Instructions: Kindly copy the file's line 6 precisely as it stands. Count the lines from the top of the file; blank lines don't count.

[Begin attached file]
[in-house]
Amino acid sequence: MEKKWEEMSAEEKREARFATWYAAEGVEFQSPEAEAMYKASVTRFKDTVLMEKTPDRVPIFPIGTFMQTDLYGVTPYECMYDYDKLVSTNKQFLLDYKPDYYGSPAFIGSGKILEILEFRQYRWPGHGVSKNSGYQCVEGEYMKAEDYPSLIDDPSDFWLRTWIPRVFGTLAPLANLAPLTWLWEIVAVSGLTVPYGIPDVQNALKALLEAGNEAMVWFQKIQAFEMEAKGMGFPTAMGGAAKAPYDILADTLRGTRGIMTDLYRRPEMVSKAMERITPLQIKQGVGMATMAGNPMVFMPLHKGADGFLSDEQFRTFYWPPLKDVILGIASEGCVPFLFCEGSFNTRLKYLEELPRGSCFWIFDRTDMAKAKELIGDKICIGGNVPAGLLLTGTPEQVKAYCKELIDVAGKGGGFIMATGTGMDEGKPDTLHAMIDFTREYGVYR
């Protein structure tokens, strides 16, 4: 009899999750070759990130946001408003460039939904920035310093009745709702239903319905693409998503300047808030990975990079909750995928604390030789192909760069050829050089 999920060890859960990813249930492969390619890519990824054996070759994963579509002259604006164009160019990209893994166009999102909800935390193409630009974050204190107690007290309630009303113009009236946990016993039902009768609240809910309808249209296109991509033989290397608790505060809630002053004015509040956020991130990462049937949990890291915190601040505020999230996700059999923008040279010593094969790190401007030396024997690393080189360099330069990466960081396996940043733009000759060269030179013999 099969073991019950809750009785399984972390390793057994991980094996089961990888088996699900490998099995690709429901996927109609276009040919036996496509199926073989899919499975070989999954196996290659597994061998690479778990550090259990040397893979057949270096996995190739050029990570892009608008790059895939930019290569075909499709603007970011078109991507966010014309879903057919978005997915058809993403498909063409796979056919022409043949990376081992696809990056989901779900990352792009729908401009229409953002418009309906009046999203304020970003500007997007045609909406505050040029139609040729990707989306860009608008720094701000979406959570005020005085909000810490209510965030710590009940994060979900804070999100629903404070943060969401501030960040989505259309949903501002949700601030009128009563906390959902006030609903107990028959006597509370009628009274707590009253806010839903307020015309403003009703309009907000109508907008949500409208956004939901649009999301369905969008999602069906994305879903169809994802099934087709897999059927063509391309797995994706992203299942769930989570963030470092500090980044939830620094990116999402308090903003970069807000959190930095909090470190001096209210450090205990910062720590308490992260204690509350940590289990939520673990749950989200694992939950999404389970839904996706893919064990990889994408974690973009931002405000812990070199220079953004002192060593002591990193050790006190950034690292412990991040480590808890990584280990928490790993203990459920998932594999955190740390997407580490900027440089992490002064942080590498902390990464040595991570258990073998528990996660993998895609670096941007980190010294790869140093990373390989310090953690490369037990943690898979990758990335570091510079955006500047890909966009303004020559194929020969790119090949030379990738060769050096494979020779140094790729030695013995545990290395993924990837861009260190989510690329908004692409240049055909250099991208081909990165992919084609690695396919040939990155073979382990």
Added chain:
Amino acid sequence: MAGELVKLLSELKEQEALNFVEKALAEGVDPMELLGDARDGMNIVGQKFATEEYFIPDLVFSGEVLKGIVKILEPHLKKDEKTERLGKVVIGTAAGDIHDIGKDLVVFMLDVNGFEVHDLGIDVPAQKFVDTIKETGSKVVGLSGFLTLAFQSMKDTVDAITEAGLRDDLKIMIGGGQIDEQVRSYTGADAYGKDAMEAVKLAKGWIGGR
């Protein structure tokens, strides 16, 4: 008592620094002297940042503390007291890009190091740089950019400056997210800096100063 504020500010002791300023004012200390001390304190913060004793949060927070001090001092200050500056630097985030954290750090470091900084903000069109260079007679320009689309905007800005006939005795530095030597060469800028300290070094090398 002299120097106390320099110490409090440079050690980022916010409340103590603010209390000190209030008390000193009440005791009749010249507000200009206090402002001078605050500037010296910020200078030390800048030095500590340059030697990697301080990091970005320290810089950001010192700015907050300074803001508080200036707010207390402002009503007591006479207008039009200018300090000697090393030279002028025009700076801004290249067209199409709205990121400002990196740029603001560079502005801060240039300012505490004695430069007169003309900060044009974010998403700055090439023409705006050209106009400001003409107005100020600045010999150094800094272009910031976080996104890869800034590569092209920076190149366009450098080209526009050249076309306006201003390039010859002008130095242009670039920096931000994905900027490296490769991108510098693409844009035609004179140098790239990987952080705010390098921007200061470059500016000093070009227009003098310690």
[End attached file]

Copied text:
């Protein structure tokens, strides 16, 4: 008592620094002297940042503390007291890009190091740089950019400056997210800096100063 504020500010002791300023004012200390001390304190913060004793949060927070001090001092200050500056630097985030954290750090470091900084903000069109260079007679320009689309905007800005006939005795530095030597060469800028300290070094090398 002299120097106390320099110490409090440079050690980022916010409340103590603010209390000190209030008390000193009440005791009749010249507000200009206090402002001078605050500037010296910020200078030390800048030095500590340059030697990697301080990091970005320290810089950001010192700015907050300074803001508080200036707010207390402002009503007591006479207008039009200018300090000697090393030279002028025009700076801004290249067209199409709205990121400002990196740029603001560079502005801060240039300012505490004695430069007169003309900060044009974010998403700055090439023409705006050209106009400001003409107005100020600045010999150094800094272009910031976080996104890869800034590569092209920076190149366009450098080209526009050249076309306006201003390039010859002008130095242009670039920096931000994905900027490296490769991108510098693409844009035609004179140098790239990987952080705010390098921007200061470059500016000093070009227009003098310690």